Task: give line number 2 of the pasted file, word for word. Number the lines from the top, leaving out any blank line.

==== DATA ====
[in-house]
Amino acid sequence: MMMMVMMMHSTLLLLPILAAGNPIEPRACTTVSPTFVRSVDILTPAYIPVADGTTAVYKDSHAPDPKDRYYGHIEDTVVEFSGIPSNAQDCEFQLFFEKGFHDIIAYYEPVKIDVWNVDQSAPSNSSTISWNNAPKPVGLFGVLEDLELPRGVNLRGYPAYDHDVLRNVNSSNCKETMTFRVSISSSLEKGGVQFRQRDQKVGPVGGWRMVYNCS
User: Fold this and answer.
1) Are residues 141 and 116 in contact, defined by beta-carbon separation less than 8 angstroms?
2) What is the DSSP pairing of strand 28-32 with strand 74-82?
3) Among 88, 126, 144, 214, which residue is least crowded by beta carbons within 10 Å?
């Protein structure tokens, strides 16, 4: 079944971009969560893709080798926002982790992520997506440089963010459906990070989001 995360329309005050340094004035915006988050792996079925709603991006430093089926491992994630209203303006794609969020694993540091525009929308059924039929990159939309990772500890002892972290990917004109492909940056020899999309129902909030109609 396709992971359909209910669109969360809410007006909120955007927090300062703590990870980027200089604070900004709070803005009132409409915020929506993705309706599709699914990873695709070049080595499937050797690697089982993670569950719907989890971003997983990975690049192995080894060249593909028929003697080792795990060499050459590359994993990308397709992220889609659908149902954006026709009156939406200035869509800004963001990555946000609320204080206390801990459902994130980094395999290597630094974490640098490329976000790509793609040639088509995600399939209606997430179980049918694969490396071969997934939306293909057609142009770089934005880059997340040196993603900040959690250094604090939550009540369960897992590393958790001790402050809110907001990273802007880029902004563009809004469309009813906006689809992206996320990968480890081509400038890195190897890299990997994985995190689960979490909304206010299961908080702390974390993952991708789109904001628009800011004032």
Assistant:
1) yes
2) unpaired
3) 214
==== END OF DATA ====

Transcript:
Amino acid sequence: MMMMVMMMHSTLLLLPILAAGNPIEPRACTTVSPTFVRSVDILTPAYIPVADGTTAVYKDSHAPDPKDRYYGHIEDTVVEFSGIPSNAQDCEFQLFFEKGFHDIIAYYEPVKIDVWNVDQSAPSNSSTISWNNAPKPVGLFGVLEDLELPRGVNLRGYPAYDHDVLRNVNSSNCKETMTFRVSISSSLEKGGVQFRQRDQKVGPVGGWRMVYNCS